To stumble upon this beautiful Rainmaker's Daughter was a rare delight. This is a kind of work that must get celebrated for a bevy of reasons. In the midst of a severe and protracted draught in Indonesia's literary prose landscape, the finely-written novel in English is a thirst quenching oasis. One may not recall ever reading such a beautifully written piece with uncanny observant details by this fellow Indonesian Richard Oh. Oh's The Rainmaker's Daughter makes a very arresting reading. If not for some obligation, I would have finished reading it at one go! What is it about? Well, first of all and chiefly it's about … romance, involving a young professional lawyer Hadrian and a woman who refused to tell him let alone me her name--the rainmaker's daughter. It's about the pursuit in life. It's about the relation of one's past, present and future, in fashion that would remind one of Kundera's Immortality and Roy's presentation of the God of Small Things. It's also about portrayal of almost-dynamic mundane living with Jakarta backdrop and the workings of uncanny tribal belief systems interwoven not always in harmony deep in the heart of Borneo Island. This novel can be light or serious--depending on whether one is impressed by its surface or inner layer. To me, it is a bit of both. One may, as I did, find many gems in this deceivingly simple work of art. In terms of diction, the Rainmaker's Daughter is as beautiful as it is rich.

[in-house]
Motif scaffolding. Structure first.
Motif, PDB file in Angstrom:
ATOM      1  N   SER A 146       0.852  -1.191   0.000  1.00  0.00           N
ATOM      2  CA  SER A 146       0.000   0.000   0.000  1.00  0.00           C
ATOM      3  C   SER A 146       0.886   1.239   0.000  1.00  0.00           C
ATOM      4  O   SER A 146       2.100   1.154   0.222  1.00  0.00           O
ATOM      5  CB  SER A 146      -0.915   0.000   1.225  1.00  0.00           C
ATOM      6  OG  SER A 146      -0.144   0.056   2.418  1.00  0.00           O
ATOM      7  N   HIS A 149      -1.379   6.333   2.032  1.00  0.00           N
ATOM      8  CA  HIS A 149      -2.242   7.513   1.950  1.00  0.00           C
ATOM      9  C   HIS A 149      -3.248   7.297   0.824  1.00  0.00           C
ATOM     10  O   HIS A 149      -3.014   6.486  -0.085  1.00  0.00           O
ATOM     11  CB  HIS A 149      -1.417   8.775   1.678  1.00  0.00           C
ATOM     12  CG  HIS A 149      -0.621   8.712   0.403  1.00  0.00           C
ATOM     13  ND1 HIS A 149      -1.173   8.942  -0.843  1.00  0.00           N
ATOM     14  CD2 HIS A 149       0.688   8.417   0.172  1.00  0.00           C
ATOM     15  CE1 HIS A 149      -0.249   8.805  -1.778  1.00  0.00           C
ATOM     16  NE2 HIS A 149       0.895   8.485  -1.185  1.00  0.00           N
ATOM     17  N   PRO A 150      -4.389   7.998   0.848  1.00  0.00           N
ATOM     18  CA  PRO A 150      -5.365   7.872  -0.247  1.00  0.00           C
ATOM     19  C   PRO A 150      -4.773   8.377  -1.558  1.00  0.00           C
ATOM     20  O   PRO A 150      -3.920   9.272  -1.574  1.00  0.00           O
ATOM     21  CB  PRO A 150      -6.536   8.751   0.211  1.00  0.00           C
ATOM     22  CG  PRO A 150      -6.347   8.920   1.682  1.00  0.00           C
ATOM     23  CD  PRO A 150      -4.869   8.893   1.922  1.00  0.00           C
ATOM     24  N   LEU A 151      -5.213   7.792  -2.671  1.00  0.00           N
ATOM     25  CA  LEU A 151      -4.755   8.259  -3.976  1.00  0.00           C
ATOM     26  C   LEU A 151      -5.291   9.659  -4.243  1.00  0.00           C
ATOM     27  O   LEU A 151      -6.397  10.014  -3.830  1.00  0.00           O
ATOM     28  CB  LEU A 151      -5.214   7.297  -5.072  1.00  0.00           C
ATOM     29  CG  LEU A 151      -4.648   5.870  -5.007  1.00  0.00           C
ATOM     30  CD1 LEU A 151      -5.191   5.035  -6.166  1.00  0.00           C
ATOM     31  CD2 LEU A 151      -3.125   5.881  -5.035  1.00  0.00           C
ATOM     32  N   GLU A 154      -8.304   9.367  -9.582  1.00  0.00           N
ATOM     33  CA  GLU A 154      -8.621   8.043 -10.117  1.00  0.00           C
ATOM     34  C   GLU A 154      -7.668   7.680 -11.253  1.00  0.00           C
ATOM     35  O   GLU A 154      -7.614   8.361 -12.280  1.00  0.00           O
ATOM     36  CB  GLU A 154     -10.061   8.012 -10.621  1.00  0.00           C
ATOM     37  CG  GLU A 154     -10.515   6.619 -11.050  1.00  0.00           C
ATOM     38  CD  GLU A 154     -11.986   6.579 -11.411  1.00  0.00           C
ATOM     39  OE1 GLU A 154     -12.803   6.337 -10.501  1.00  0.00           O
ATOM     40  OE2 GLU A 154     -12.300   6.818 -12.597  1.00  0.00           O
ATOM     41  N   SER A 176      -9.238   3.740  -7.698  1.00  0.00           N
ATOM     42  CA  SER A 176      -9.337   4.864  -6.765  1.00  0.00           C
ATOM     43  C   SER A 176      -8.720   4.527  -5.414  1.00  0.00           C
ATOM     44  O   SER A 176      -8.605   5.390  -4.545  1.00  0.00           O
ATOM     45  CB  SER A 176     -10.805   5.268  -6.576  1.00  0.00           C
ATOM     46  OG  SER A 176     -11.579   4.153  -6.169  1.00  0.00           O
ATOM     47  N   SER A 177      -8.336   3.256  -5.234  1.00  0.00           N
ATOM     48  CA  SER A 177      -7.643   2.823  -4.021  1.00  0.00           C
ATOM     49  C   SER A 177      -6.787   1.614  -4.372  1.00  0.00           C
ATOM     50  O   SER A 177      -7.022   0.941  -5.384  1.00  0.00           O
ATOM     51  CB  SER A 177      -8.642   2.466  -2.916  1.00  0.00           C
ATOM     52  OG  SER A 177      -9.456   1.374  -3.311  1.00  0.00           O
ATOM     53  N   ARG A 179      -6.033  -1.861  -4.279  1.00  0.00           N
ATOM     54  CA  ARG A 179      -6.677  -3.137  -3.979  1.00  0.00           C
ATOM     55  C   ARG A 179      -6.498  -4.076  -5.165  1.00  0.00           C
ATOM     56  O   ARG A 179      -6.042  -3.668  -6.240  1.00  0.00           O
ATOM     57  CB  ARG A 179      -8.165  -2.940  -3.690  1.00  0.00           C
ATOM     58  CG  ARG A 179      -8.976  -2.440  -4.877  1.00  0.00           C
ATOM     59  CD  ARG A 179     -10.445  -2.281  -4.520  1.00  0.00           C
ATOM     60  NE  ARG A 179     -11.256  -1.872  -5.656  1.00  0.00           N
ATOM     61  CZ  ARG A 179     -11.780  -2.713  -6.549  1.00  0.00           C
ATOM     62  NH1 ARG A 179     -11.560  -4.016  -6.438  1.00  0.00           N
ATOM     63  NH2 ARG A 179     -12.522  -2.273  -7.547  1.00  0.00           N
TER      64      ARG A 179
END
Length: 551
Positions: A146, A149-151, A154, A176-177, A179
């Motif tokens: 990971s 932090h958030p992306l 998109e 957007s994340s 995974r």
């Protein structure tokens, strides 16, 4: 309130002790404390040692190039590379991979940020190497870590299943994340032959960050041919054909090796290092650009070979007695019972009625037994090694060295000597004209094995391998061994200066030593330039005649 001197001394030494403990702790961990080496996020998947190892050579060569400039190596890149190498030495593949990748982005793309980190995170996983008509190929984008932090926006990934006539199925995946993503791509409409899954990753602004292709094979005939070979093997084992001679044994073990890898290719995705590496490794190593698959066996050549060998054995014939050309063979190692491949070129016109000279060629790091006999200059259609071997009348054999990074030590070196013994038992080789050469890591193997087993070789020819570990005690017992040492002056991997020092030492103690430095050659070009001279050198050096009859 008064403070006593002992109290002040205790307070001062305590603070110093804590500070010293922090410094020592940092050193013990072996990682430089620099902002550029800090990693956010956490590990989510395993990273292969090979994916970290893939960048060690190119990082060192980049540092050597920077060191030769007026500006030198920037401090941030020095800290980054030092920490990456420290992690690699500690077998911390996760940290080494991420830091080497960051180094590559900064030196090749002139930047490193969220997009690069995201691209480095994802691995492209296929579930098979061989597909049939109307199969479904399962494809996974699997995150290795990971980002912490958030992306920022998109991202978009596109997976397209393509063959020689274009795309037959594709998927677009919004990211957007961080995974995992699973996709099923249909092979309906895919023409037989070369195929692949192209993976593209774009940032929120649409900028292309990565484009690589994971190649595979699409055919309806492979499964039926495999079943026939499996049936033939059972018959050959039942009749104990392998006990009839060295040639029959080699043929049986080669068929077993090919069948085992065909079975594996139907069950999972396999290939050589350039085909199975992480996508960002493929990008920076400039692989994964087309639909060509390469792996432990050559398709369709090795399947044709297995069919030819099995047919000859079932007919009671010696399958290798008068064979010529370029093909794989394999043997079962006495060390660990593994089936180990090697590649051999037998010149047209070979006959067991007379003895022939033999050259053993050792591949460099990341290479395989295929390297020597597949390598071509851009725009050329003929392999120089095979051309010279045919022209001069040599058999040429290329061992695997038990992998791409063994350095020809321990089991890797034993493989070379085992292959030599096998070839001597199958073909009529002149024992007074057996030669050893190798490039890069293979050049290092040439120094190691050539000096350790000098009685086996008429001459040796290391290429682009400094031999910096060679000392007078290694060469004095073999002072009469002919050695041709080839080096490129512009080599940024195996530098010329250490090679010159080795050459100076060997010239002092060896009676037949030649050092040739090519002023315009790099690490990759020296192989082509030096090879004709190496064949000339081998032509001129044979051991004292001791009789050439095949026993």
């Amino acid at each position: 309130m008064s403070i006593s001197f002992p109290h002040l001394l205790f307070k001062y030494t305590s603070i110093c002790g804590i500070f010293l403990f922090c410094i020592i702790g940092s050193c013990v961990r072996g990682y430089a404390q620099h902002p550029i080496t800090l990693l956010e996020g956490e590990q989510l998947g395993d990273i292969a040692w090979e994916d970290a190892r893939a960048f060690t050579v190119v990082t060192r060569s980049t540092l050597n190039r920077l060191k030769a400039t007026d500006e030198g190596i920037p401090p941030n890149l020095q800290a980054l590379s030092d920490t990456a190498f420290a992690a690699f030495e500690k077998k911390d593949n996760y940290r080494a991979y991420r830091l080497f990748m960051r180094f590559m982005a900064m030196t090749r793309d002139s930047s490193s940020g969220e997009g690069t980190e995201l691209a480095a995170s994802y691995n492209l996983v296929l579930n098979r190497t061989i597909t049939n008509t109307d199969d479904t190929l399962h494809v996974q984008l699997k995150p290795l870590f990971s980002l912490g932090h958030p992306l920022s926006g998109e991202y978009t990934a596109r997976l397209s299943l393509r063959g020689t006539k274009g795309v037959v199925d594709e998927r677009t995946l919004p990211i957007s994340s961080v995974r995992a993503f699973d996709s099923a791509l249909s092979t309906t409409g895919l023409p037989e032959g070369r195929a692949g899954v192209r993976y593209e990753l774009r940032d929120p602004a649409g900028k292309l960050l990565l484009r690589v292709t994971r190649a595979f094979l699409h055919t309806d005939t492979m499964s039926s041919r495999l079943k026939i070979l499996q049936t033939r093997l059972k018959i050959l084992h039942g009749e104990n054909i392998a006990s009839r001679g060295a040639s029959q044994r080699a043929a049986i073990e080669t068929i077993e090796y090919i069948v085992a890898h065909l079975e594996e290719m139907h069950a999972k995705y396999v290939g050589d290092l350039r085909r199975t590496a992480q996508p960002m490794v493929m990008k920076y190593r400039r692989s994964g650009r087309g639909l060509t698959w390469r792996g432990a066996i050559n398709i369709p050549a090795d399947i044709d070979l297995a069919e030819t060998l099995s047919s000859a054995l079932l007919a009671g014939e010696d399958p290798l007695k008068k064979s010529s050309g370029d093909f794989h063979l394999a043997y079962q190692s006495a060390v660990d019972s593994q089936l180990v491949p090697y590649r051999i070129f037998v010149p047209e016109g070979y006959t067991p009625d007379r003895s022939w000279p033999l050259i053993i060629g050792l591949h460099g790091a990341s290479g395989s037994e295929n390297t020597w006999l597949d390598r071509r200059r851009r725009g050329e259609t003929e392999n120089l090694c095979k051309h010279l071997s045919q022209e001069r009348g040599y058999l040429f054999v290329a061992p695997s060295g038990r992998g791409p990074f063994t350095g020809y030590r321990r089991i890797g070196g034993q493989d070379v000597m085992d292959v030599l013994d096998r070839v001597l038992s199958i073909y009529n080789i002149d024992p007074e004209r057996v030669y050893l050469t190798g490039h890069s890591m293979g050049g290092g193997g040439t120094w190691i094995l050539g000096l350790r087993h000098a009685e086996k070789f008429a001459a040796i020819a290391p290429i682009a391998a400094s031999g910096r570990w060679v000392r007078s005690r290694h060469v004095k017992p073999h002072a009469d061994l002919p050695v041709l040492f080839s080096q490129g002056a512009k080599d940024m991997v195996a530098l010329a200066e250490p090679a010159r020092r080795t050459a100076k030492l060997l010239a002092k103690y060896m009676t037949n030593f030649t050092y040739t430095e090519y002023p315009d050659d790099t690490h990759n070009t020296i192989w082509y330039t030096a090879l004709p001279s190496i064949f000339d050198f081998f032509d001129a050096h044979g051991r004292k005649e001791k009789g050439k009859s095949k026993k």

I'd heartily classify it under the must-read and would look forward to Richard's next masterpieces.